Network Rail will place further strain on the Strategic Rail Authority's already over-stretched finances this week by setting out plans to spend more than £40bn on the rail system over the next 10 years.
Even with an anticipated 30 per cent improvement in cost savings over the next few years, the owner of Britain's rail infrastructure still expects to be spending more than £4bn a year on the operation, maintenance and renewal of the network.
The latest spending plans come as Network Rail squares up with the train operators for a battle over who runs the railways. A number of train companies, led by National Express, are pressing the Government to remove responsibility for signalling and train movements from Network Rail and hand it to the train operators in an effort to improve punctuality.
Network Rail has hit back, arguing that it should control not only stations but also train services themselves to improve reliability and achieve greater efficiencies in the maintenance of the network.
All sides of the rail industry agree that the separation of track from wheel at the time of privatisation was a mistake that has caused many of the problems the network suffers from today. But they are deeply divided over the best way to re-integrate the system.
A wide-ranging review of the industry, ordered in February by the Transport Secretary Alistair Darling, is expected to be complete by June or July. Among other things, Mr Darling has hired KPMG to look at the present structure of the industry.
Network Rail's 10-year business plan, to be published on Wednesday, will set out detailed spending proposals for the next three years. Over the five-year period to 2009 the Rail Regulator Tom Winsor has allowed it to spend £22.7bn. Together with other income from sources such as property, the total expenditure comes to £24.5bn. This is £5bn less than Network Rail had originally planned to spend but £6bn more than Mr Winsor was proposing to allow its successor, Railtrack.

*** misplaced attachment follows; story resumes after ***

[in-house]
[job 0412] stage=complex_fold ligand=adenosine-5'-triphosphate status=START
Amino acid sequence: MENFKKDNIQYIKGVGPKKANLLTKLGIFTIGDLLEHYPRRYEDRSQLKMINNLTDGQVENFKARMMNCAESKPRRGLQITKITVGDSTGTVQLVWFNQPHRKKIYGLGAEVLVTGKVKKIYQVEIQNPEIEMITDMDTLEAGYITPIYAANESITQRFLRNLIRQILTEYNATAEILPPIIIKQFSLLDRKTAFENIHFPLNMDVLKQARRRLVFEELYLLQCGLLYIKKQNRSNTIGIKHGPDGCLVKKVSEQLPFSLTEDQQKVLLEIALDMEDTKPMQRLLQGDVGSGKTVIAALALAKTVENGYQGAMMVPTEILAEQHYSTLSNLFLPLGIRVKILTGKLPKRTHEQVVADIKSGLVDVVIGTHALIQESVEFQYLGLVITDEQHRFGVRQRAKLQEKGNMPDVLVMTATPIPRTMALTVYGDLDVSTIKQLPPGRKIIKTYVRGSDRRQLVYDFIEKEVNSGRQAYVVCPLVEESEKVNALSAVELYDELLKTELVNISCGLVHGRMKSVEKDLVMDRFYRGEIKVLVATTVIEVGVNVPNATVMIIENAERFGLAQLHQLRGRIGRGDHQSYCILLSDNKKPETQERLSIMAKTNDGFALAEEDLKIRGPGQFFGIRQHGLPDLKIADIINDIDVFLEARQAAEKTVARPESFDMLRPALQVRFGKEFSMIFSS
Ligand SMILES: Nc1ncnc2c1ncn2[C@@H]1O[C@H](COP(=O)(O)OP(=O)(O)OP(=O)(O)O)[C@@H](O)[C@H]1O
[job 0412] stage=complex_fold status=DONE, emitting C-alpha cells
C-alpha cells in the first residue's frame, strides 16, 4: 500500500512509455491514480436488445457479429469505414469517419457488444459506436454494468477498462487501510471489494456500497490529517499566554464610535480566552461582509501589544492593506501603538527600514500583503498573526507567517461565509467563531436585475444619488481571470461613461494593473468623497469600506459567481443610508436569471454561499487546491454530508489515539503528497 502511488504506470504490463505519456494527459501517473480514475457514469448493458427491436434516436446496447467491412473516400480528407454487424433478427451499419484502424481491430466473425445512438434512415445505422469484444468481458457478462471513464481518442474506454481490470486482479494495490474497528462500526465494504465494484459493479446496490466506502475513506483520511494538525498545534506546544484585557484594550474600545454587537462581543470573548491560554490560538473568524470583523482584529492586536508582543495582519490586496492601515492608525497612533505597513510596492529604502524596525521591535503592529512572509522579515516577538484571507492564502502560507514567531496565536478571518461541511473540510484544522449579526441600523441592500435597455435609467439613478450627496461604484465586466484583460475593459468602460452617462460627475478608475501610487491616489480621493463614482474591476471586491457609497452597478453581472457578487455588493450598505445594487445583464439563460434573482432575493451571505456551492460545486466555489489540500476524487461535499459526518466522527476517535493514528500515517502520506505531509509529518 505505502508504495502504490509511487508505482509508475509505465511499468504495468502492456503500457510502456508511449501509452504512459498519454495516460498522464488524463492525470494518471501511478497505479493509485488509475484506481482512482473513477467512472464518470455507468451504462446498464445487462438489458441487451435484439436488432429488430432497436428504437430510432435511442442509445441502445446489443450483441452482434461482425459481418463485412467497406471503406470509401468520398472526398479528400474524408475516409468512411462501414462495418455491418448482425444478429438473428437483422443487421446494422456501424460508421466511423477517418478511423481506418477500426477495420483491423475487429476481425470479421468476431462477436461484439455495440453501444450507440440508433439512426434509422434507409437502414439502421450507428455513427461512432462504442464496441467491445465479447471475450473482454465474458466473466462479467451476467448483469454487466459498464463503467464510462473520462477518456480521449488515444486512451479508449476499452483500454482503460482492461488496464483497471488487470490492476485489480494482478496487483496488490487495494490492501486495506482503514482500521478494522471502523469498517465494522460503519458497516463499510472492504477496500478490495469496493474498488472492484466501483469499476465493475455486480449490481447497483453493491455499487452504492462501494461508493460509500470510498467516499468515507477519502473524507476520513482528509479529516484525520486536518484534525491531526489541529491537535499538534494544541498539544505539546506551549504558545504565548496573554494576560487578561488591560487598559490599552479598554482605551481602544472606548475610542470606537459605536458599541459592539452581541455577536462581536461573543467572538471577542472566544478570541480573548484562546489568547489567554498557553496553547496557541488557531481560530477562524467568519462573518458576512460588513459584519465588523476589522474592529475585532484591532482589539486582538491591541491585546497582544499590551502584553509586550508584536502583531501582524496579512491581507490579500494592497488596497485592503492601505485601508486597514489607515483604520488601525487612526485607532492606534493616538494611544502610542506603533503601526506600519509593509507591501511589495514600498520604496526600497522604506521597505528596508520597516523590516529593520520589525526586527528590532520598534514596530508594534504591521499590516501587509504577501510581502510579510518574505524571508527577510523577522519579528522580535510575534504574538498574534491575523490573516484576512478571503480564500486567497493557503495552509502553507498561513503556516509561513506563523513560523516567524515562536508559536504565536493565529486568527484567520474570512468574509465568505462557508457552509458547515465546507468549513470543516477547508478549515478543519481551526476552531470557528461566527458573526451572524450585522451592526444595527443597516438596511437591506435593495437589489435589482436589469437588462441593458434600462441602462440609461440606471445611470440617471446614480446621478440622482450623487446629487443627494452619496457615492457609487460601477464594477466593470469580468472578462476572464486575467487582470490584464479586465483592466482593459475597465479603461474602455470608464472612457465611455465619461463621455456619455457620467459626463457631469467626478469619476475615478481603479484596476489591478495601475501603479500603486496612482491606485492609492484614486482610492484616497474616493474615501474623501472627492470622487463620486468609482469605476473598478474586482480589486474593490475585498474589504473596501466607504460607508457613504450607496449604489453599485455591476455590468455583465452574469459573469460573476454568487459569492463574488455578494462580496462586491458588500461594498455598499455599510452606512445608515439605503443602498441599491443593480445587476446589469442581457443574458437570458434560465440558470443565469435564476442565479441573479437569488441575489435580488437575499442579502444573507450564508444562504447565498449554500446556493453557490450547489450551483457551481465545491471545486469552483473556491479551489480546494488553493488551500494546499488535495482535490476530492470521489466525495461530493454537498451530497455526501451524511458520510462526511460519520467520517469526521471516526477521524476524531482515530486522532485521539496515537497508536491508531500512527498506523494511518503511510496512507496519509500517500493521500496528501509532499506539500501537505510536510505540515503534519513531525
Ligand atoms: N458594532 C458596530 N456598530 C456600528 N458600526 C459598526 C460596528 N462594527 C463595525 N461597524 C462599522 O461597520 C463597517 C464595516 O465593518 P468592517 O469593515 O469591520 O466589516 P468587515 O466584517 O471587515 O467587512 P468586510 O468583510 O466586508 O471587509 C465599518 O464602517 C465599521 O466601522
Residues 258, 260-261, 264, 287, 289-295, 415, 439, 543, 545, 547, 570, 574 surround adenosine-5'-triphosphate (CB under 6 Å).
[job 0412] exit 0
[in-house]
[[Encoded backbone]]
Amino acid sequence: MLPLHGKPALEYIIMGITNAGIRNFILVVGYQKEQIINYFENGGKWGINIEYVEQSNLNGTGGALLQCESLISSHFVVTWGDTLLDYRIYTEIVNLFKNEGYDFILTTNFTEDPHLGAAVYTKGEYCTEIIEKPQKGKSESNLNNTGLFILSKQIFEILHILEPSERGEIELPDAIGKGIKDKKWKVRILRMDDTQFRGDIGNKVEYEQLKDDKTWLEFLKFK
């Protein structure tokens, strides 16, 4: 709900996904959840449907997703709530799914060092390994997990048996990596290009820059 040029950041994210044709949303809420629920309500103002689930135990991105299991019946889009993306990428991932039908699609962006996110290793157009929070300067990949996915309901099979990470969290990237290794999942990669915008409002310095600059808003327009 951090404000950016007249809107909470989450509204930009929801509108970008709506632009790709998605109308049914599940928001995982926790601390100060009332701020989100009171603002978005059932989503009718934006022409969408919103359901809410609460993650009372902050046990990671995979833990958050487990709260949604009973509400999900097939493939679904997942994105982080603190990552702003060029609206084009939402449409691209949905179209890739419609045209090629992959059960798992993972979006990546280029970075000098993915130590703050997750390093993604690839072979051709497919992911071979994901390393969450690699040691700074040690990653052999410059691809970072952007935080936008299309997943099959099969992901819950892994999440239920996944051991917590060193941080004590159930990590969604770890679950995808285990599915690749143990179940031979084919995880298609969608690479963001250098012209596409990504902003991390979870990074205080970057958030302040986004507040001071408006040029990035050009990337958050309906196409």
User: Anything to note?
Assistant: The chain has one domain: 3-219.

Network Rail's priorities in the early years of the plan will be the completion of the upgrade of the West Coast Mainline, now budgeted to cost £8.5bn and the £837m upgrade of the power supply system in southern England, which has held up the introduction of new trains. Beyond that, there is a huge investment programme designed to tackle the backlog of track replacement work that has built up over the past decade, whichcoversabout 4,000 miles.
Network Rail has already brought all maintenance work back in-house and argues that this vast renewal programme can best be managed if it has ultimate control over the way services operate.
As a halfway house towards a British Rail-style re-integration of the industry, the Government is creating a new breed of "fat controllers" to coordinate track and train operations across chunks of the network. There will be eight of them, each running major control centres, the first of which is already up and running at London's Waterloo station, where the dominant operator is South West Trains.
The bulk of Network Rail's income comes from track access charges that the SRA either pays directly in the form of capital grants or indirectly, through subsidies for the train operators. To ease pressure on the SRA's budget, Network Rail has been allowed to borrow £3bn over the next two years to fund the railways that will then be compensated for by higher access charges in the following three years.Reuse content